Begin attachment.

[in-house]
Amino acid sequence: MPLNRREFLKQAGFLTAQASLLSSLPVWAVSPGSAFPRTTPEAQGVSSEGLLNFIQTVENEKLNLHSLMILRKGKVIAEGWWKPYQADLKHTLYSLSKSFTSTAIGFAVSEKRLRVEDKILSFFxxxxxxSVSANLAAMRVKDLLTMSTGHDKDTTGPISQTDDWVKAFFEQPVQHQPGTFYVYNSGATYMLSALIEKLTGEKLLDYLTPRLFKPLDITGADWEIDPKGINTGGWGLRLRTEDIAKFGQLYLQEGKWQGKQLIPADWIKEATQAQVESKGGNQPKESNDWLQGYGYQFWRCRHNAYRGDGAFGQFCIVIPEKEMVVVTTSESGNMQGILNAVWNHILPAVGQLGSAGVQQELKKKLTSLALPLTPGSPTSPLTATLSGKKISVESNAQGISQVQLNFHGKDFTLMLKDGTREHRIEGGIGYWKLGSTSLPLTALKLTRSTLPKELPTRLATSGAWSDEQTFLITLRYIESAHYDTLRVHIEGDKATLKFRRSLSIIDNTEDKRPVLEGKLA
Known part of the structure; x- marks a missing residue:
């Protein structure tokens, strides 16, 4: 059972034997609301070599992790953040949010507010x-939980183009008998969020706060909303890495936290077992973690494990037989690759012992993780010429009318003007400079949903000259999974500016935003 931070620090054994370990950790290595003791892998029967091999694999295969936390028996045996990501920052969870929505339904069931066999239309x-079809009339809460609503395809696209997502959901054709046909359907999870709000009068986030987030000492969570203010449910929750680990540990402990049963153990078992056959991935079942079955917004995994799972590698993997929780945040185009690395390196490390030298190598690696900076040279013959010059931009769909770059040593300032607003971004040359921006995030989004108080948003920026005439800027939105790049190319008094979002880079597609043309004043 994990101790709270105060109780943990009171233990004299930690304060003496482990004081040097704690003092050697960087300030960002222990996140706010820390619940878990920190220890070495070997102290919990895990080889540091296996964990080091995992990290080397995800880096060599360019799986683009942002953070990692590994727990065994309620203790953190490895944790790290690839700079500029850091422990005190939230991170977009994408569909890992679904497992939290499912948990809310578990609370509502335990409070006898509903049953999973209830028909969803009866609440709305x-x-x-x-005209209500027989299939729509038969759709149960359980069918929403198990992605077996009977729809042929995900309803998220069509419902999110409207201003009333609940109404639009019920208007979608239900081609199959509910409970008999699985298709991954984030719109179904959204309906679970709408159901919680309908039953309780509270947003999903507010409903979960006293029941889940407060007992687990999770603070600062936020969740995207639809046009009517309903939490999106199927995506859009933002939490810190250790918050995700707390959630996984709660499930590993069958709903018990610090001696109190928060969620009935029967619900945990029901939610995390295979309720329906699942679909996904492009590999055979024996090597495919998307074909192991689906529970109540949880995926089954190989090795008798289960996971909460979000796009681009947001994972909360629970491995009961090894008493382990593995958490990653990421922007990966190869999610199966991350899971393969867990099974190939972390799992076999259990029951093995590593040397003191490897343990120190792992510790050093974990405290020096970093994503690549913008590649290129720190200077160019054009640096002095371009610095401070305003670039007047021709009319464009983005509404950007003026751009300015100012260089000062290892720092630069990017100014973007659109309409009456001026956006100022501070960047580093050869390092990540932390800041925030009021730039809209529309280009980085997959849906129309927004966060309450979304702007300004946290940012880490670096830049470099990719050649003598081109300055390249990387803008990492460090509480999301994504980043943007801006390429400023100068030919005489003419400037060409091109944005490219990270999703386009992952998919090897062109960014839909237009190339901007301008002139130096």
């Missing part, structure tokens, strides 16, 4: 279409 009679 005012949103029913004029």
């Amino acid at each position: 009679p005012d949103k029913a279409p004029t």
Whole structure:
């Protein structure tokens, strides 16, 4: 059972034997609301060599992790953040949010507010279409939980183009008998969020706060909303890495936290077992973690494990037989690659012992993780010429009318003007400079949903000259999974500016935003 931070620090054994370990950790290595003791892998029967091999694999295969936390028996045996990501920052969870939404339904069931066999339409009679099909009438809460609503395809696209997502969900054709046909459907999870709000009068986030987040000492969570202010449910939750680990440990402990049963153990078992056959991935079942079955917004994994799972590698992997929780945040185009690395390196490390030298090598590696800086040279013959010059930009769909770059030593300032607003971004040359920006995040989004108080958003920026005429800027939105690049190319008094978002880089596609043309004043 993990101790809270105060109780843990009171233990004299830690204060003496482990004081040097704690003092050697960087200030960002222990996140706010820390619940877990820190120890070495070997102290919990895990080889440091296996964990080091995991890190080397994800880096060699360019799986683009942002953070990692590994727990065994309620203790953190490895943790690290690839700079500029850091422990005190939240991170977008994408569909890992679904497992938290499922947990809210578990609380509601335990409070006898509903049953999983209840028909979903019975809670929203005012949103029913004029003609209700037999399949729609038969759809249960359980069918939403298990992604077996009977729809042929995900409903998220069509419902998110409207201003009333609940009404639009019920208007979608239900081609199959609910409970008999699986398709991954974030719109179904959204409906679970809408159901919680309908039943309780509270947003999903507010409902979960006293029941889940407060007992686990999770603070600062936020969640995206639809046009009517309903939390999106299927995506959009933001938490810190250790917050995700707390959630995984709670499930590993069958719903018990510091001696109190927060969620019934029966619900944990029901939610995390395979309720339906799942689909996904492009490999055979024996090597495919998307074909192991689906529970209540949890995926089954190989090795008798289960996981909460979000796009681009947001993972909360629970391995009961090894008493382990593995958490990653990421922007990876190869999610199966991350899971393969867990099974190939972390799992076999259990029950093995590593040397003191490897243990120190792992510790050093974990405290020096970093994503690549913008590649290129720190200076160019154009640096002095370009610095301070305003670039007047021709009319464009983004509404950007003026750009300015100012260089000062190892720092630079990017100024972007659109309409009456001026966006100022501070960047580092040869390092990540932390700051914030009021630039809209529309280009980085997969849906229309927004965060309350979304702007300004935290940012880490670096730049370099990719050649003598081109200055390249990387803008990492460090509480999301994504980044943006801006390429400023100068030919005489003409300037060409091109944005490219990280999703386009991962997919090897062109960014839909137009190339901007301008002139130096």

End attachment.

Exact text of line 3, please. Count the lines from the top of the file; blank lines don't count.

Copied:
Known part of the structure; x- marks a missing residue: